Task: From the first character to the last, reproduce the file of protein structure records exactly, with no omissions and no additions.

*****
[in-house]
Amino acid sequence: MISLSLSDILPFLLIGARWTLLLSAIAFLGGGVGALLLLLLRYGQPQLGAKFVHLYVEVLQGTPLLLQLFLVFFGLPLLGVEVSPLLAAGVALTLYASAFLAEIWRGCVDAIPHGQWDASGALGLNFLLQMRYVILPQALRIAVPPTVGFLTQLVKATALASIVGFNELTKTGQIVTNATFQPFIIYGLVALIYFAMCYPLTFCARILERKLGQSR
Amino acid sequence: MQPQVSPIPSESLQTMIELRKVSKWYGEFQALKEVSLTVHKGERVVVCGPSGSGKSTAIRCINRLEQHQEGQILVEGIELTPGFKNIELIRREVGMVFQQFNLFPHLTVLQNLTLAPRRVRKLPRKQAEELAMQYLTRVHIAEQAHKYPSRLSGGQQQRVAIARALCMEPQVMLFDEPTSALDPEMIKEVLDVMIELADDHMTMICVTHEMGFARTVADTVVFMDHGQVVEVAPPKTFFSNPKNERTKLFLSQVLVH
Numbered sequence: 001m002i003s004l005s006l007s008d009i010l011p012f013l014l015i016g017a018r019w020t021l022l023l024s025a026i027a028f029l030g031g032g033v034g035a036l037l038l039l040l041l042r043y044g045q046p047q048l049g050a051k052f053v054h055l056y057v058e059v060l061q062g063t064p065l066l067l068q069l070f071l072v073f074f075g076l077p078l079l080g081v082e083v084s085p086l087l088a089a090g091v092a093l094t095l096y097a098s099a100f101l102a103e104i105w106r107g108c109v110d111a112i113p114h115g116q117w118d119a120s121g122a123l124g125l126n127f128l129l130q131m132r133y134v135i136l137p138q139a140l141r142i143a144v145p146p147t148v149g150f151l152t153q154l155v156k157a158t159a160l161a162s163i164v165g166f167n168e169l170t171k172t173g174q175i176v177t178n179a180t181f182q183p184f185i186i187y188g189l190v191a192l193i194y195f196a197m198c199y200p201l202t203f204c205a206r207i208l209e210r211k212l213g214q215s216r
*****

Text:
[in-house]
Amino acid sequence: MISLSLSDILPFLLIGARWTLLLSAIAFLGGGVGALLLLLLRYGQPQLGAKFVHLYVEVLQGTPLLLQLFLVFFGLPLLGVEVSPLLAAGVALTLYASAFLAEIWRGCVDAIPHGQWDASGALGLNFLLQMRYVILPQALRIAVPPTVGFLTQLVKATALASIVGFNELTKTGQIVTNATFQPFIIYGLVALIYFAMCYPLTFCARILERKLGQSR
Amino acid sequence: MQPQVSPIPSESLQTMIELRKVSKWYGEFQALKEVSLTVHKGERVVVCGPSGSGKSTAIRCINRLEQHQEGQILVEGIELTPGFKNIELIRREVGMVFQQFNLFPHLTVLQNLTLAPRRVRKLPRKQAEELAMQYLTRVHIAEQAHKYPSRLSGGQQQRVAIARALCMEPQVMLFDEPTSALDPEMIKEVLDVMIELADDHMTMICVTHEMGFARTVADTVVFMDHGQVVEVAPPKTFFSNPKNERTKLFLSQVLVH
Numbered sequence: 001m002i003s004l005s006l007s008d009i010l011p012f013l014l015i016g017a018r019w020t021l022l023l024s025a026i027a028f029l030g031g032g033v034g035a036l037l038l039l040l041l042r043y044g045q046p047q048l049g050a051k052f053v054h055l056y057v058e059v060l061q062g063t064p065l066l067l068q069l070f071l072v073f074f075g076l077p078l079l080g081v082e083v084s085p086l087l088a089a090g091v092a093l094t095l096y097a098s099a100f101l102a103e104i105w106r107g108c109v110d111a112i113p114h115g116q117w118d119a120s121g122a123l124g125l126n127f128l129l130q131m132r133y134v135i136l137p138q139a140l141r142i143a144v145p146p147t148v149g150f151l152t153q154l155v156k157a158t159a160l161a162s163i164v165g166f167n168e169l170t171k172t173g174q175i176v177t178n179a180t181f182q183p184f185i186i187y188g189l190v191a192l193i194y195f196a197m198c199y200p201l202t203f204c205a206r207i208l209e210r211k212l213g214q215s216r